Horror movie remakes can be both good and bad simultaneously. Some reboots are wonderful technical achievements but fail at recapturing the magic of the original. Many remakes may even look good on paper. But they fail at recapturing what made the original work in the first place. For a movie to work as a reboot the creators need a respect for the source material and an understanding of why that source material was great to begin with. The creative team behind the remakes outlined below didn’t understand what made the original films work–sometimes they didn’t even take it into account. Though some of the reimaginings below succeed as movies, all of them fail as remakes. Let’s find out why.
Fright Night is a well-paced, humorous remake with a script by former Buffy writer/producer Marti Noxon. It was directed by Craig Gillespie, who helmed the terrific indie dramedy Lars and the Real Girl. It’s a very entertaining film and very professionally done, if a little heavy on the CGI. But as an adaptation of Tom Holland’s Fright Night, however, it falls short. The original did for the Hammer vampire films what Scream did for the slasher genre. The original Fright Night broke down the conventions and tropes of classic vampire cinema and spun them around. The remake is about teenage masculinity, becoming a man and what the image that goes along with that means. It’s about owning up to who you are and is much more of a teenage coming of age story. All of this is fine, except if that’s the focus of the Fright Night remake then there’s really no reason for vampires to be in the feature at all. That doesn’t mean the new versions of Jerry and Evil Ed aren’t interesting, but it takes away all the tongue-in-cheek satire that made the first one great. All of this is sadly proven by the Peter Vincent character. While David Tennant is fun to watch, shifting Peter Vincent from a classic film star to a Vegas magician is jarring.
This remake suffers from a fatal flaw right off the bat. The scariest thing about John Carpenter’s The Fog is that we don’t know what’s out there. All we see is a mysterious, glowing fog and the only things glimpsed inside it are vague shadows. The producers of the remake must have assumed that these things weren’t shown because of budgetary constraints because they decided to put together a remake that showed everything. John Carpenter’s The Fog is about fear of the unknown and without that sense of mystery it just doesn’t work.
Directorial debut of genre master Wes Craven, The Last House on the Left was one of the first truly horrifying movies of the 1970’s. It centers on two young girls who are brutally raped and murdered by a group of criminals. When their car breaks down, the criminals seek help at the nearest house…which happens to belong to the parents of one of the girls. The parents slowly begin to realize what’s going on and decide to take matters into their own hands. They kill the criminals one by one but it doesn’t fix anything. It’s an inverted take on a concept that would later be explored in thrillers like Death Wish. Getting revenge doesn’t solve the problem, their daughter is still dead and now they have blood on their hands. It’s as grim an ending as a movie can have. When the daughter doesn’t die in the remake, it becomes a completely different situation and that’s the problem. The reimagining sets out to be a thrill ride more than a contemplative psychological horror, and watching it try to make the subject matter entertaining is just uncomfortable in all the wrong ways. The new version even has a happy ending where the parents ride off into the sunset with their daughter safe and sound, even taking the least psychotic of the criminals with them.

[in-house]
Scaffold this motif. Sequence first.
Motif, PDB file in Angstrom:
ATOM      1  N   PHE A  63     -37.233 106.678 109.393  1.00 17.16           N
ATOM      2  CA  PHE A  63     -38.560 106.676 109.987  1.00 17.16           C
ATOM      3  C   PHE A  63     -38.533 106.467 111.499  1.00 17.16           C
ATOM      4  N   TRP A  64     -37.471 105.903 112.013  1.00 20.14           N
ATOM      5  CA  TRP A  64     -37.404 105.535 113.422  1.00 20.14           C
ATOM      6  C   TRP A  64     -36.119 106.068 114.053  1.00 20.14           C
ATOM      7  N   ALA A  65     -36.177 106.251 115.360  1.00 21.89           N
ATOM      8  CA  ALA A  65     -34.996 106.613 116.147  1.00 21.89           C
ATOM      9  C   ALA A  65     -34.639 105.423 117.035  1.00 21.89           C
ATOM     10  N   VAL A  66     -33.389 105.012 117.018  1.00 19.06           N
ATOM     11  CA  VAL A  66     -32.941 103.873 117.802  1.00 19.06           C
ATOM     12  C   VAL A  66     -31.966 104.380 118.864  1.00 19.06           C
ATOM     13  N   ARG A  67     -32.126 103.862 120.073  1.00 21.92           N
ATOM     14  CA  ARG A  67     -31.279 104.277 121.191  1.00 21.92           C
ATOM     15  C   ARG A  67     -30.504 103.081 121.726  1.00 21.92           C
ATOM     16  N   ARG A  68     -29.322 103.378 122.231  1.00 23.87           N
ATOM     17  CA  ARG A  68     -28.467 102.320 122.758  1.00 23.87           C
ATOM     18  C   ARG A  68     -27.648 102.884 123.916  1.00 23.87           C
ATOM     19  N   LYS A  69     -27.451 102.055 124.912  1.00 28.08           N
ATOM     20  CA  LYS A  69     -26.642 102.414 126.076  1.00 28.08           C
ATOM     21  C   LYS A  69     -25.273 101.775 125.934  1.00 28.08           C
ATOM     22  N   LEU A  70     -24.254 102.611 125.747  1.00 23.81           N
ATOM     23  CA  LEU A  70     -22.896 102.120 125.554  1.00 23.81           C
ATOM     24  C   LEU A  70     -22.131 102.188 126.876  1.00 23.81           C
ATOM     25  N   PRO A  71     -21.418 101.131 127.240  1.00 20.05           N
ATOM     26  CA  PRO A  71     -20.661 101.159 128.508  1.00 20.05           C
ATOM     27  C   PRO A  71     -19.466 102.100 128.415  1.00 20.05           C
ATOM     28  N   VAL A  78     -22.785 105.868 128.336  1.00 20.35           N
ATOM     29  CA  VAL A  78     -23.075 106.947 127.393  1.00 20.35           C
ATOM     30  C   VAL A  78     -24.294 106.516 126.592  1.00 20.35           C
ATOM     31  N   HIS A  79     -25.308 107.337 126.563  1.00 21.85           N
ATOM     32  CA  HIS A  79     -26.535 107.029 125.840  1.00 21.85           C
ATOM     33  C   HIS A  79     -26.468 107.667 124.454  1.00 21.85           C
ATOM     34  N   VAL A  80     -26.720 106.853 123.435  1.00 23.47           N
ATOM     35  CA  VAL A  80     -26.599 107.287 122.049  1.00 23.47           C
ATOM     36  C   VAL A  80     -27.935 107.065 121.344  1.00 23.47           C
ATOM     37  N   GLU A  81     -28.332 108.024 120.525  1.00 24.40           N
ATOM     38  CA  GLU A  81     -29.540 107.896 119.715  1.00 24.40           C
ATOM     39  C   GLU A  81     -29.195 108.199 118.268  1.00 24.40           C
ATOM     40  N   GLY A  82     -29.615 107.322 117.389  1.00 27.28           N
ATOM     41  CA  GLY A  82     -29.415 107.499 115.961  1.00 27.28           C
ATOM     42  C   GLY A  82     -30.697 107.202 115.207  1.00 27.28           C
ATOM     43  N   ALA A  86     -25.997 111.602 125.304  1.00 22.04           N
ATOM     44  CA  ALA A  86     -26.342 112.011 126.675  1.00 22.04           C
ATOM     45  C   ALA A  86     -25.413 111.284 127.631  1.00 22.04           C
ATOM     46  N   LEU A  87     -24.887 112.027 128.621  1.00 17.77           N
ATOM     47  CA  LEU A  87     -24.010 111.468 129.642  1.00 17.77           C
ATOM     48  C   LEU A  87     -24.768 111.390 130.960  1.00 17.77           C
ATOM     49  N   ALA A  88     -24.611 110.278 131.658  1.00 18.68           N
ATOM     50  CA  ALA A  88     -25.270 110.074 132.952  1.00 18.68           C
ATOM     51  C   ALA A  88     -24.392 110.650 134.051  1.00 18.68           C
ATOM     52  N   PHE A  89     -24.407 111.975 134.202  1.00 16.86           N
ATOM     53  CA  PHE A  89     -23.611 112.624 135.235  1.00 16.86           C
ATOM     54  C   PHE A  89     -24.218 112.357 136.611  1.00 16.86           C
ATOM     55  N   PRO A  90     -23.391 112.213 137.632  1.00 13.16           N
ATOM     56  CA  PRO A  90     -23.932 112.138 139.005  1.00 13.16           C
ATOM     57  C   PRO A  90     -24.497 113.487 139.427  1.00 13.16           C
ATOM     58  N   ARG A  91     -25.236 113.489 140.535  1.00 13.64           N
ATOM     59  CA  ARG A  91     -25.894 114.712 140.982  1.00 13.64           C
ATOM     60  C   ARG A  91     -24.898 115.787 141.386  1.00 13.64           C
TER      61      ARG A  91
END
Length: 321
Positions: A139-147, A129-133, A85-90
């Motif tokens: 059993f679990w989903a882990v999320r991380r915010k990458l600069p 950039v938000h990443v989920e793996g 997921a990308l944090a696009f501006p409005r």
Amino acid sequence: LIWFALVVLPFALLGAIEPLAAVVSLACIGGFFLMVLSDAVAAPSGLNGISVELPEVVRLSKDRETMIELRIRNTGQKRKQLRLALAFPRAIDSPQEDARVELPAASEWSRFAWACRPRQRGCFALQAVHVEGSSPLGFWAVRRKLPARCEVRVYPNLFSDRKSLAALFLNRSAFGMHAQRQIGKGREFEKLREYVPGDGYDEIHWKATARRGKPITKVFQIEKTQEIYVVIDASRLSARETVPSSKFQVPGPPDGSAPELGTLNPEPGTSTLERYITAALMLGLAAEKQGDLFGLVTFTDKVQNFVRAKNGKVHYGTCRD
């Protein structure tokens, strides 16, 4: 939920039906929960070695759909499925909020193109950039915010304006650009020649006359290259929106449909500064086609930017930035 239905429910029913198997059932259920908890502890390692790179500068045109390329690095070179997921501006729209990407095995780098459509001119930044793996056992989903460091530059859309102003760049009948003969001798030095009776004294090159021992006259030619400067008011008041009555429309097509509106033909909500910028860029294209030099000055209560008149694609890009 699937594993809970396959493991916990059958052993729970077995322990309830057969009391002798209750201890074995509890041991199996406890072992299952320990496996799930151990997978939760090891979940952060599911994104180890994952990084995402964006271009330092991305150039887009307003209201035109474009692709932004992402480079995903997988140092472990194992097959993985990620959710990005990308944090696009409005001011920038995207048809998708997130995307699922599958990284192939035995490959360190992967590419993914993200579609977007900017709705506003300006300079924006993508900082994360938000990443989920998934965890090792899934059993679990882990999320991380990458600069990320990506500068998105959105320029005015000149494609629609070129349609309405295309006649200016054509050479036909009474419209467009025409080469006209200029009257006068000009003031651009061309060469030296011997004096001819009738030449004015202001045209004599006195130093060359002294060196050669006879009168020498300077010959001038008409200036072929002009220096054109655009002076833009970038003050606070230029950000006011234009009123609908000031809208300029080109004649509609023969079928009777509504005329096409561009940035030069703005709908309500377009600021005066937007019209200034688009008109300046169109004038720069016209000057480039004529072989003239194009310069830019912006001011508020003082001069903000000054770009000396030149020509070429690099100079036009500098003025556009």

Gus Van Sant’s remake of Psycho is very different from the other remakes on the list. It is more of an experiment and it’s an experiment that didn’t work. The director was too focused on trying to put Psycho together exactly the way it was first made that he clearly never once stopped to think about why it had been made that way. To put it another way: The Psycho remake completely misses the point of the original because it never stops to consider the point of the original. As a result, it’s a completely hollow movie. It’s just a soulless thing. So much focus was put into getting a certain shot done exactly the way it had appeared in the original without taking into account what that shot had been meant to signify. This is applied to every single scene of the movie, unfortunately, which makes it virtually unbearable to watch. Psycho was a deep, richly layered story and when the remake ignores that it immediately sets itself up for failure. It is made for no other reason than to be a technical achievement and thus it feels completely artificial and totally lacks not only the heart but the suspense that went into the Hitchcock version.
A lot of people really hate this movie. So much, in fact, that it’s almost a shame to put it on this list. Why kick something when it’s down? But the most frustrating thing about this reboot is how close it comes to working. It actually does a lot of things right. Those drastic differences really bring an added element to the story. Is Freddy not guilty or is he just toying with the audience to eventually make them feel terrible for siding with a pedophile? That’s the stuff that worked. But it failed to maintain the delicate balance achieved in the Wes Craven original. The remake is so focused on establishing Freddy’s backstory and trying to be new and relevant that it kind of forgot to be about dreams. The micro naps, which were by far the worst addition to the movie, were clearly added in order to make the dream sequences relevant. You shouldn’t have to fight to try and make dreams relevant in a Nightmare on Elm Street movie. Many reshot scenes were added to duplicate famous dream sequences from the original, and they certainly don’t help the problem either.